Pull on your asbestos mittens and panties before reading Sweet Agony and don’t, whatever you do, wear or drink anything flammable. Because when your lady parts spontaneously combust you don’t want any accelerants nearby or you could lose the whole bedroom to fire damage.
The particular cocktail mix that’s going to act as such excellent accelerant and leave scorch marks on your bed covers is the following:
· One diabolically hot but damaged hero who is so desperate to push others away it’s delicious
· One sassy, hilarious heroine experiencing freedom for the first time
· Forced proximity inside a ‘gothic’ house
· Dark secrets
· So much push-pull sexual tension the reader risks friction burns.
The thing I adored most about this book was the hero. He puts the ‘mudgeon’ in curmudgeon and says the sorts of things that a robot or alien might:
‘If you recall, I observed you walking up to my front door. It was not exactly difficult to extrapolate based on the variables at hand. You only managed to step over my gate by standing on tiptoe, which tells me that you are no more than five foot three, and once you had traversed it I could clearly see the distance in inches between each of your hips and the edges of said gate. As I know the exact width it was fairly easy from there to surmise your lower measurements, and only a little more difficult to ascertain what sort of bodice you might require. As you quite clearly wear a bra two sizes too small for you, it took me a little longer to absolutely be sure, but, judging by your relative self-consciousness, the way you hold your arms when you walk and the other parameters of your body, I believe I have the right of it’
I always feel that reading one of Charlotte Stein’s books is like taking a dip in her mind—and her mind is a fun place to paddle around in. It’s full of whimsy and slightly wicked humour, just like her heroine (Molly) who is entranced by the hero’s use of words like ‘reprobate’ and ‘disillusion’ and his voice so lusty with syllables that the she feels that “his sentence should smoke a cigarette, directly after the full stop.”
What I loved about this story is that it’s the most unusual of courtships because one half of the couple can’t bear to be looked at, let alone touched. Hero and heroine initially progress their banter through correspondence (despite the fact they share a house because she’s hired as a live-in housekeeper) which moves from criticism of her sweeping technique to playful letters about hair thievery. And, in a reverse of the usual order of intimacy, the first encounter between hero and heroine is a rather kinky (yet distant) encounter, and from there they gradually work up to more ‘normal’ but risky (for the hero) things like kissing.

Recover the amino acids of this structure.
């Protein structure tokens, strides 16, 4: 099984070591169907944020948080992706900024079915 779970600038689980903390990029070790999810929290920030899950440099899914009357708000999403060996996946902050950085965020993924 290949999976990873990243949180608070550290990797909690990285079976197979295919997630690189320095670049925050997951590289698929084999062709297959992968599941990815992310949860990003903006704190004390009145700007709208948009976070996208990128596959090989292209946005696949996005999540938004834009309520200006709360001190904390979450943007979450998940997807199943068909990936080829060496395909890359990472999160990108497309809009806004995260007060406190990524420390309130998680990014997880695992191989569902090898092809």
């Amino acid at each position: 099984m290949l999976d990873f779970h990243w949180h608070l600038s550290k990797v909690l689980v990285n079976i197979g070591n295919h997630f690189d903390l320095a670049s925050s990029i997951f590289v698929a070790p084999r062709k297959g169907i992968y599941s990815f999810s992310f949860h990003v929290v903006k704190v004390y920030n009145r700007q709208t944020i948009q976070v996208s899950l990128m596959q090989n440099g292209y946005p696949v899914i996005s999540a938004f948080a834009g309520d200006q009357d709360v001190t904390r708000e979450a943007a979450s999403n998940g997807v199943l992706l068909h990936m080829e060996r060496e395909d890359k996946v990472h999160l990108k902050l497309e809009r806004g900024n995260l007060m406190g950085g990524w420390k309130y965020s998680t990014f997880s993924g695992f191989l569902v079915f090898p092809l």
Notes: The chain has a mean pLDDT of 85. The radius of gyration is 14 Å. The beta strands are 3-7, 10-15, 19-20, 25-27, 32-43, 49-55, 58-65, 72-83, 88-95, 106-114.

I’ve never read a writer more brilliant at emotive description than Charlotte Stein, and her descriptive brilliance really shines in Sweet Agony where she manages to put a fresh slant on the gothic mansion at the same time as revealing much about her protagonist:
“The whole front of it is the kind of grey you only get after natural disasters. Some apocalypse happened to this place and this place alone, and now it sits like a bad tooth in a mouth of pristine white ones. It even seems vaguely crooked, in a way that should be impossible. The other houses are ramrod straight. There is no space for it to slant to the side—it just looks as though it does.
Malevolence is probably making it happen. I think malevolence might be making a lot of things happen. All the windows are blank, black eyes, and each one of them seems to follow me wherever I go. I glance away for a second and can almost feel them, pressing into my body. Then I turn back and they pretend to be all innocent again.”
While the heroine initially finds the hero’s house spooky, she’s anything but spooked when she sees her attic bedroom and it’s there that we get an insight into what her former life was like when she reveals that she used to sleep on folded-over towels and two sleeping bags. She’s also delighted by his library and the two bond over their love of books despite the unpromising start to their relationship.
It becomes clear as the story unfolds that Molly’s employer’s house is her escape from her family, and that her employer—despite his hilarious gruffness and odd ways—is the first person to show her real kindness and to appreciate her whimsical and bookish bent. Likewise, Molly is the first prospective employee the hero is unable to frighten away and in an odd way the two are perfect for one another because they see through the other’s pretences and value what is unique about the other.
This story is filled with all the usual fresh, wickedly funny dialogue, exciting interior monologue and keen observation that I’ve come to expect of Charlotte Stein, but this one has an extra something to it (perhaps Molly’s instinctive kindness and the way she manages the hero’s deep wound) and I admit that this may be my favourite book of hers so far.